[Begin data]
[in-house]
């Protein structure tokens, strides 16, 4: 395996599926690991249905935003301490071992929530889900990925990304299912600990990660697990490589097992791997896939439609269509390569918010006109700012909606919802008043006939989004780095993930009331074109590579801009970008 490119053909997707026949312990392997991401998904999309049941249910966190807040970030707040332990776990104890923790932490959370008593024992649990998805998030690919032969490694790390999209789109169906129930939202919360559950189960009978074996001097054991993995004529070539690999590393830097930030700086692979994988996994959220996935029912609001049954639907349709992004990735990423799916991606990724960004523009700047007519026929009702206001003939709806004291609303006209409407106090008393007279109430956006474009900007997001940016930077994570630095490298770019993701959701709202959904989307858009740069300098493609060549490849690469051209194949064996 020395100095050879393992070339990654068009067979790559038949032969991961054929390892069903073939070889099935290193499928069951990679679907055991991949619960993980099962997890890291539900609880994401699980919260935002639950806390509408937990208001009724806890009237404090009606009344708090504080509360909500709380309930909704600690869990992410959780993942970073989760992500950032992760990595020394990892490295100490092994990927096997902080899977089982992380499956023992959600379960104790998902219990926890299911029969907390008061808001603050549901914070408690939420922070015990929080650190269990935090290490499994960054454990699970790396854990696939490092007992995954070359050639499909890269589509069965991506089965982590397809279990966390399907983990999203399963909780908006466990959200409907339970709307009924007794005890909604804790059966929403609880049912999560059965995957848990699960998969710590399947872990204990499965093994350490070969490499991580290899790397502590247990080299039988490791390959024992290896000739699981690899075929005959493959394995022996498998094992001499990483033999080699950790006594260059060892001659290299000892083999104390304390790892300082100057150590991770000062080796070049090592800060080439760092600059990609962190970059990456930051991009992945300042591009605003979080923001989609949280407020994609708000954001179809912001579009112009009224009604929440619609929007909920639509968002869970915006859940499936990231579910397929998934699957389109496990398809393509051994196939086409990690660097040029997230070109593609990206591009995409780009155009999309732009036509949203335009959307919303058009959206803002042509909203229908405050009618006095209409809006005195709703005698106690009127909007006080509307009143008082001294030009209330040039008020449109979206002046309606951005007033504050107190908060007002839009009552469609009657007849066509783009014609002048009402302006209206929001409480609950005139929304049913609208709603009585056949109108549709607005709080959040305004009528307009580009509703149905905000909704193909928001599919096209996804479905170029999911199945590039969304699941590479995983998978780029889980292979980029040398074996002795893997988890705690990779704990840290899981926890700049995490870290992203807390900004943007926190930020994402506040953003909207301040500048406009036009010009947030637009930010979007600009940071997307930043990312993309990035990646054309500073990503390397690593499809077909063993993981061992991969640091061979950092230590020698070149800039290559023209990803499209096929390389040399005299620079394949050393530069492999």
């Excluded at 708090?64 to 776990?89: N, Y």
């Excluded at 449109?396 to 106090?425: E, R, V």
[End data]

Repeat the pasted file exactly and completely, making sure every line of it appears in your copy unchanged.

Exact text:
[in-house]
């Protein structure tokens, strides 16, 4: 395996599926690991249905935003301490071992929530889900990925990304299912600990990660697990490589097992791997896939439609269509390569918010006109700012909606919802008043006939989004780095993930009331074109590579801009970008 490119053909997707026949312990392997991401998904999309049941249910966190807040970030707040332990776990104890923790932490959370008593024992649990998805998030690919032969490694790390999209789109169906129930939202919360559950189960009978074996001097054991993995004529070539690999590393830097930030700086692979994988996994959220996935029912609001049954639907349709992004990735990423799916991606990724960004523009700047007519026929009702206001003939709806004291609303006209409407106090008393007279109430956006474009900007997001940016930077994570630095490298770019993701959701709202959904989307858009740069300098493609060549490849690469051209194949064996 020395100095050879393992070339990654068009067979790559038949032969991961054929390892069903073939070889099935290193499928069951990679679907055991991949619960993980099962997890890291539900609880994401699980919260935002639950806390509408937990208001009724806890009237404090009606009344708090504080509360909500709380309930909704600690869990992410959780993942970073989760992500950032992760990595020394990892490295100490092994990927096997902080899977089982992380499956023992959600379960104790998902219990926890299911029969907390008061808001603050549901914070408690939420922070015990929080650190269990935090290490499994960054454990699970790396854990696939490092007992995954070359050639499909890269589509069965991506089965982590397809279990966390399907983990999203399963909780908006466990959200409907339970709307009924007794005890909604804790059966929403609880049912999560059965995957848990699960998969710590399947872990204990499965093994350490070969490499991580290899790397502590247990080299039988490791390959024992290896000739699981690899075929005959493959394995022996498998094992001499990483033999080699950790006594260059060892001659290299000892083999104390304390790892300082100057150590991770000062080796070049090592800060080439760092600059990609962190970059990456930051991009992945300042591009605003979080923001989609949280407020994609708000954001179809912001579009112009009224009604929440619609929007909920639509968002869970915006859940499936990231579910397929998934699957389109496990398809393509051994196939086409990690660097040029997230070109593609990206591009995409780009155009999309732009036509949203335009959307919303058009959206803002042509909203229908405050009618006095209409809006005195709703005698106690009127909007006080509307009143008082001294030009209330040039008020449109979206002046309606951005007033504050107190908060007002839009009552469609009657007849066509783009014609002048009402302006209206929001409480609950005139929304049913609208709603009585056949109108549709607005709080959040305004009528307009580009509703149905905000909704193909928001599919096209996804479905170029999911199945590039969304699941590479995983998978780029889980292979980029040398074996002795893997988890705690990779704990840290899981926890700049995490870290992203807390900004943007926190930020994402506040953003909207301040500048406009036009010009947030637009930010979007600009940071997307930043990312993309990035990646054309500073990503390397690593499809077909063993993981061992991969640091061979950092230590020698070149800039290559023209990803499209096929390389040399005299620079394949050393530069492999």
């Excluded at 708090?64 to 776990?89: N, Y």
């Excluded at 449109?396 to 106090?425: E, R, V």